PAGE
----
I believe may have some blind are that they have not planned in their potential for growth. Some of these blind spots could have a potential cause for frustration on both clients and partners. Another critical issue is that the baking industry seems to have changed the way they process loans denying credit to potential partners. For a company that depends on small enterprises to support its local business this could be a problem since many of the clients and suppliers have are locally based. The lack of financial acquisition could create serious financial difficulties.

Role of Ethics and Responsibilities

Business ethics are based on principles of integrity and fairness focused on internal stakeholder issues such as product quality, customer satisfaction, employee wages and benefits, and local community - environmental responsibilities.

Martin states that innovation incorporates inventiveness of technology that has impacts communities, individuals, and the planet. In Systems Theory the relationships in a system can trigger a butterfly effect on other parts of the system, or even throughout the entire system. (Kemp, 2010) In capitalism the systems theory would seek to create relationships in the system that provide larger profits. The triple bottom line explains that in order for a corporation to be successful it needs to meet the triple bottom lines which are: 1) sufficient material goods, 2) sustainable ecological systems, 3) good quality of life, qualified by individuals as well as community-oriented services. (Warmoth, 2006)

Martin suggests that there are some rules that innovation should follow in order to operate ethically. Innovations happen in a community that has existing norms and relationships. How will innovation influence and affect the community? Stakeholders: who will be impacted by the innovations? Disruption: who is adversely affected by this innovation? Is the company maintaining the rights, autonomy, and the dignity of the community by not treating them as a means to the goal of innovation? Responsibility: has to be shared by the corporation and the community.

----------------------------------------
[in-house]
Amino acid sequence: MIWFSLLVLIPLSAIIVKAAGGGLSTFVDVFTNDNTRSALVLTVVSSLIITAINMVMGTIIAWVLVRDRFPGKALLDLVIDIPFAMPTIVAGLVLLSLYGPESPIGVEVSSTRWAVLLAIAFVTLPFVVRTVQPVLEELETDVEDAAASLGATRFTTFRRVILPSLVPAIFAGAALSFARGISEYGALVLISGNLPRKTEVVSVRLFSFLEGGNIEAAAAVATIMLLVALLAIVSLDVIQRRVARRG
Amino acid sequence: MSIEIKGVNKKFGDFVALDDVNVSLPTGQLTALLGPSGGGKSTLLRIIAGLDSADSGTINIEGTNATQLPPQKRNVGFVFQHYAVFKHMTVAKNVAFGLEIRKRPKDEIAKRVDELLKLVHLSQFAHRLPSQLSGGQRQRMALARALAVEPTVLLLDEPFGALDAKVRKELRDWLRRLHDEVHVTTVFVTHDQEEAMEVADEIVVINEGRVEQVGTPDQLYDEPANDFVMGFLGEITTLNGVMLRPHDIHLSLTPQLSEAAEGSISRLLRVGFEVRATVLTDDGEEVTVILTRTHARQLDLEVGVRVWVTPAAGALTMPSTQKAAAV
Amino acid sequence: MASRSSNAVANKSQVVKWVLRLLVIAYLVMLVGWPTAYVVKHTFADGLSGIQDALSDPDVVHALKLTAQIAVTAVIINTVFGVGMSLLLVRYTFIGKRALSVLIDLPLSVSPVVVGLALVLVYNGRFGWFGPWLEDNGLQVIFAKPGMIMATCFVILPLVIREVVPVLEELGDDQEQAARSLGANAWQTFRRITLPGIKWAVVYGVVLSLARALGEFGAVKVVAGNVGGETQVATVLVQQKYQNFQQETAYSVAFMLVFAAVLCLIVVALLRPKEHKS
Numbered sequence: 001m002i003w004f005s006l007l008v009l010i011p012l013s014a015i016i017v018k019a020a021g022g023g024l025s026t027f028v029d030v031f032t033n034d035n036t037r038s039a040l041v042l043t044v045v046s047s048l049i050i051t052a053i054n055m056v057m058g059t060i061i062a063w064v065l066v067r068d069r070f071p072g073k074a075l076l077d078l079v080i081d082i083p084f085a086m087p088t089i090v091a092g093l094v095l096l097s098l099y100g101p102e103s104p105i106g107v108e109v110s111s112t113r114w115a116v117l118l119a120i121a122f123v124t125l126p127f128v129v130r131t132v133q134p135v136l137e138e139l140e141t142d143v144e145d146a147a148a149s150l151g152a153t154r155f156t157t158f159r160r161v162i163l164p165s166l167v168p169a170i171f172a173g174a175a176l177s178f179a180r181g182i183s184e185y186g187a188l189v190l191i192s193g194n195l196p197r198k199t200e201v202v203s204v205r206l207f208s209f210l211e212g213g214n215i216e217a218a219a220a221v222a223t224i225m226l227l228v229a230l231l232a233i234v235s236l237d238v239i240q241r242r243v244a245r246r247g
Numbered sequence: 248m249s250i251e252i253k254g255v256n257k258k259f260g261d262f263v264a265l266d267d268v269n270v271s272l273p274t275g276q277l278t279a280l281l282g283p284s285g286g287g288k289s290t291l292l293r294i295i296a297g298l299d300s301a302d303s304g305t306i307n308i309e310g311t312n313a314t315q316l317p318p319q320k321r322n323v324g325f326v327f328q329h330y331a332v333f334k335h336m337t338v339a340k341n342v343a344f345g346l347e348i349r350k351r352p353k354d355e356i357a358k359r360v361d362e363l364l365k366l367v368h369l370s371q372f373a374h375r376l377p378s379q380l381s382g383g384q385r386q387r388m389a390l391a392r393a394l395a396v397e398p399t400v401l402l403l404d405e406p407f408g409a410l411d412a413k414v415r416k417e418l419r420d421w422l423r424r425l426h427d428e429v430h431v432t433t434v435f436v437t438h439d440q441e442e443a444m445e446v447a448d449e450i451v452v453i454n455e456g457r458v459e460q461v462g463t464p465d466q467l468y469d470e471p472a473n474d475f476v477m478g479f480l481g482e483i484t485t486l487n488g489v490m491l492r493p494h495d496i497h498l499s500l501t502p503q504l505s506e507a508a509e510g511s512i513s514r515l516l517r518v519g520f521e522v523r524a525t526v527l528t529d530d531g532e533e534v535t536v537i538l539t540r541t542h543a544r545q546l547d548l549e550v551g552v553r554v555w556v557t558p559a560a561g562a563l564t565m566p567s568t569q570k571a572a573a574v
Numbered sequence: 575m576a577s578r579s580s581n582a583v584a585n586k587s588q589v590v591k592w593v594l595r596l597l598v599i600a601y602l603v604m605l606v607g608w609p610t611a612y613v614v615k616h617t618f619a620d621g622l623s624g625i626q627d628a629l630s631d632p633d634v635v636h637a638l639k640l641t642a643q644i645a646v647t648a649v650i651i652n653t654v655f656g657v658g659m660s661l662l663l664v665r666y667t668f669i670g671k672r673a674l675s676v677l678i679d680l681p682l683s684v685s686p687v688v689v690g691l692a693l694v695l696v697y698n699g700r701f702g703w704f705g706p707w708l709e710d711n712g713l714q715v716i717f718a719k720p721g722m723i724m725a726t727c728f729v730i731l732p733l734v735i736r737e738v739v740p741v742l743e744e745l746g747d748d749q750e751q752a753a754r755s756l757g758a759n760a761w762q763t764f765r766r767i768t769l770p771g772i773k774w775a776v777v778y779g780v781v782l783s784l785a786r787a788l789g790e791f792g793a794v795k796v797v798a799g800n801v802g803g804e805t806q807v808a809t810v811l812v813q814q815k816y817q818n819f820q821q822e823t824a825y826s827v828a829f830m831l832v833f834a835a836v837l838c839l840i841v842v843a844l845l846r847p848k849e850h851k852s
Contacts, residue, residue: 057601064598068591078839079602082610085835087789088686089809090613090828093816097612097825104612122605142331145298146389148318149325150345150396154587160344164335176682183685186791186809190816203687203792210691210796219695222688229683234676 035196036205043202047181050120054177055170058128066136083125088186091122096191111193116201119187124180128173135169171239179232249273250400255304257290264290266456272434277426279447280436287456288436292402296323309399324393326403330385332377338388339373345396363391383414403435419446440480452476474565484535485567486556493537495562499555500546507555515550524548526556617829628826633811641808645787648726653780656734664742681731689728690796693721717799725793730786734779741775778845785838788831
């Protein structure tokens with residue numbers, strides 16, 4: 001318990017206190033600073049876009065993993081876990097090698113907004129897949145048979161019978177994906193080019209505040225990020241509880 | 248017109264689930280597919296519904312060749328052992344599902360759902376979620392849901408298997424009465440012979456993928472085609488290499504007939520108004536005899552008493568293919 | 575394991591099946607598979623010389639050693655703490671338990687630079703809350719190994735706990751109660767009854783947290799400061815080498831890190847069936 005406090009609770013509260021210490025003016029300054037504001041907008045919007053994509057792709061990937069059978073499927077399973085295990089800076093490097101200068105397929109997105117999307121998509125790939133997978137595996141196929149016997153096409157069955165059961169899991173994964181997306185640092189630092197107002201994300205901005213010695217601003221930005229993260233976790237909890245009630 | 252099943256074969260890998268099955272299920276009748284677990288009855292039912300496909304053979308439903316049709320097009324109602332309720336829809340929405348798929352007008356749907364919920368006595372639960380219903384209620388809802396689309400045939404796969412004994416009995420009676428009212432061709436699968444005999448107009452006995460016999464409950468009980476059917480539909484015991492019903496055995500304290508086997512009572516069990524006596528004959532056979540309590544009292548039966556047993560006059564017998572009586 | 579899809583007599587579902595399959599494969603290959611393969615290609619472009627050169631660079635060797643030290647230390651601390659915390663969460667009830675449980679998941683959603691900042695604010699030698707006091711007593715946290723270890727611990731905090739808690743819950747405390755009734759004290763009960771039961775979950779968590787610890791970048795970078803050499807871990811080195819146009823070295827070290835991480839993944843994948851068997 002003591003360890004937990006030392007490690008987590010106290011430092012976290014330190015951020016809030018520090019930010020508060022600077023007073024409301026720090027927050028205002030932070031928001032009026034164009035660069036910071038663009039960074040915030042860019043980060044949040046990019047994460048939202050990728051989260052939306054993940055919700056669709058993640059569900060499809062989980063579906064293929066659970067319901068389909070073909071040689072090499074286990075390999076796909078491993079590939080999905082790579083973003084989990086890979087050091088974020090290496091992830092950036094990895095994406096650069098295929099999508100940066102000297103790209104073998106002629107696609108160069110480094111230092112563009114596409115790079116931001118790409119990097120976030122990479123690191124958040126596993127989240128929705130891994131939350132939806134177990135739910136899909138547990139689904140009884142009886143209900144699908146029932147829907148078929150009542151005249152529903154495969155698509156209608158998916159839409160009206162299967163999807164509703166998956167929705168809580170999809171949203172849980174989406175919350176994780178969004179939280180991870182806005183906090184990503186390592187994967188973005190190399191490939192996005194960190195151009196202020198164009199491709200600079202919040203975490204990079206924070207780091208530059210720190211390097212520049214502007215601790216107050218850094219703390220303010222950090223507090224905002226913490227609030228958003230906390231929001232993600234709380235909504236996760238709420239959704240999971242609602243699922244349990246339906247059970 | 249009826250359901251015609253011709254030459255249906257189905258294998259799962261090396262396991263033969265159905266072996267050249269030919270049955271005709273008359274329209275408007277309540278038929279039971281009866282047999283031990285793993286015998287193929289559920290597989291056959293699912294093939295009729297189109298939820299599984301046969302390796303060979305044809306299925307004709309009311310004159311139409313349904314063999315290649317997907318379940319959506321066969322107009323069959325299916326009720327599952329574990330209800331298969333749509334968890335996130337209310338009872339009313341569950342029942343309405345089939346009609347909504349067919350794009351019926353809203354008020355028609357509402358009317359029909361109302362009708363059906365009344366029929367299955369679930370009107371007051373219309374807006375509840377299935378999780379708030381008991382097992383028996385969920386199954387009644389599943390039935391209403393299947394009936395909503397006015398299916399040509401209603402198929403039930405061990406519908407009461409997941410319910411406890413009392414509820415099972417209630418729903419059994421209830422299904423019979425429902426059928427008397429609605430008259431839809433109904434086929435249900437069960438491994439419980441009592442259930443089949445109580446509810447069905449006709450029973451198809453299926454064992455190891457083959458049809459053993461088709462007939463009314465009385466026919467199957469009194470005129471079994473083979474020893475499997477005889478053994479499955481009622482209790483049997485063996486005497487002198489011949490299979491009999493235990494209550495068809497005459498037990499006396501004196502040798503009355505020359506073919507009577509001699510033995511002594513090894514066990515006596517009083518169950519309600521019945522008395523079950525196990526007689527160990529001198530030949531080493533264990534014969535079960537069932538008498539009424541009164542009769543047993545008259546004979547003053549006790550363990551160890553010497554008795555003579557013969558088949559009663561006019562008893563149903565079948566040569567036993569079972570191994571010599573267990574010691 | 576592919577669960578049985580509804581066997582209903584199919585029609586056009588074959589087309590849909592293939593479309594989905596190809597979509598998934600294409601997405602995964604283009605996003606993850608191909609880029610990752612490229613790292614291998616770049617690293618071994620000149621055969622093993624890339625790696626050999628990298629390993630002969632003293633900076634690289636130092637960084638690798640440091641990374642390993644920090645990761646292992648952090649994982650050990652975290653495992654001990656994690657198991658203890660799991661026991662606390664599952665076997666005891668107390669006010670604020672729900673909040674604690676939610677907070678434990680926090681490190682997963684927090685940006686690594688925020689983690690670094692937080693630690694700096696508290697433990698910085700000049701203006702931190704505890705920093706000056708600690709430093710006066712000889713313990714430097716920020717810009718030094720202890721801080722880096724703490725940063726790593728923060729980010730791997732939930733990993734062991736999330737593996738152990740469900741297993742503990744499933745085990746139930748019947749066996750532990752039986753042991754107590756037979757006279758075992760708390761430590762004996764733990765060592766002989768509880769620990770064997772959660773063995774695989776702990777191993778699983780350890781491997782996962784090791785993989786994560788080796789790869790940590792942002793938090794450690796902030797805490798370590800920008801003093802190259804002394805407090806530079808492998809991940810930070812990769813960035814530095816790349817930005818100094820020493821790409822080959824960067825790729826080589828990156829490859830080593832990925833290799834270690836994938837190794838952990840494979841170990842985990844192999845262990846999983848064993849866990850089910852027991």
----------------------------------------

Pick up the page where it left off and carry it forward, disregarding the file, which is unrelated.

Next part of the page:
According to the World Business Council of Sustainable Development (WBCSD, 2003) ethical corporate social responsibility is a business commitment to contributing to sustainable economic development, working with employees, their families, the local community, and society at large to improve the quality of life. Acer has adopted the Three Ones and Three Multiples philosophy. This approach means that Acer is one company, one brand and one global team and multiple suppliers, multiple product lines, and multiple channels.

Acer has established relationships with its stakeholders and based on shared efforts/intents, fully sharing their policies within all the company environments. All corporate partners are required to adopt any changes to environmental protection standards. They are also required to comply with changes to the product design. For example recycling, low toxicity emission, and any other policy changes. (WBCSD, 2003)

Effects of Leadership Ethics

According to Bass and Steidlmeier explain that the ethics of leadership have three supports: (1) the moral character of the leader, (2) the ethical values embedded in the leader s vision, articulation, and program which followers either embrace or reject, and (3) the morality of the processes of social ethical choice and action that leaders and followers engage in and collectively pursue.

There are many reasons for choosing the appropriate leadership in an organization. However according to the Wallace Foundation Project there are two functions that encompass the core of what leadership is; these two functions are providing direction and exercising influence. (Leithwood, Seashore, Anderson & Wahlstrom, 2004) In the research that I came across about leadership styles these two items were prevalent in the discussion of effective leadership. I chose Richard Hall's supportive leadership style. (Hall, 1999, p. 141) This type of leader has consideration for subordinates, has consultative decision making, and does not micromanage but rather delegates work and authority to the subordinates.(Kemp) This leadership style closely resembles the transformational leadership style in J.W. MacLean and William Weitzel's The book Leadership: Magic, Myth, or Method? Mentioned in the 1996 Society for Human Resources Reader, part of Dr. Kemp electronic lecture series.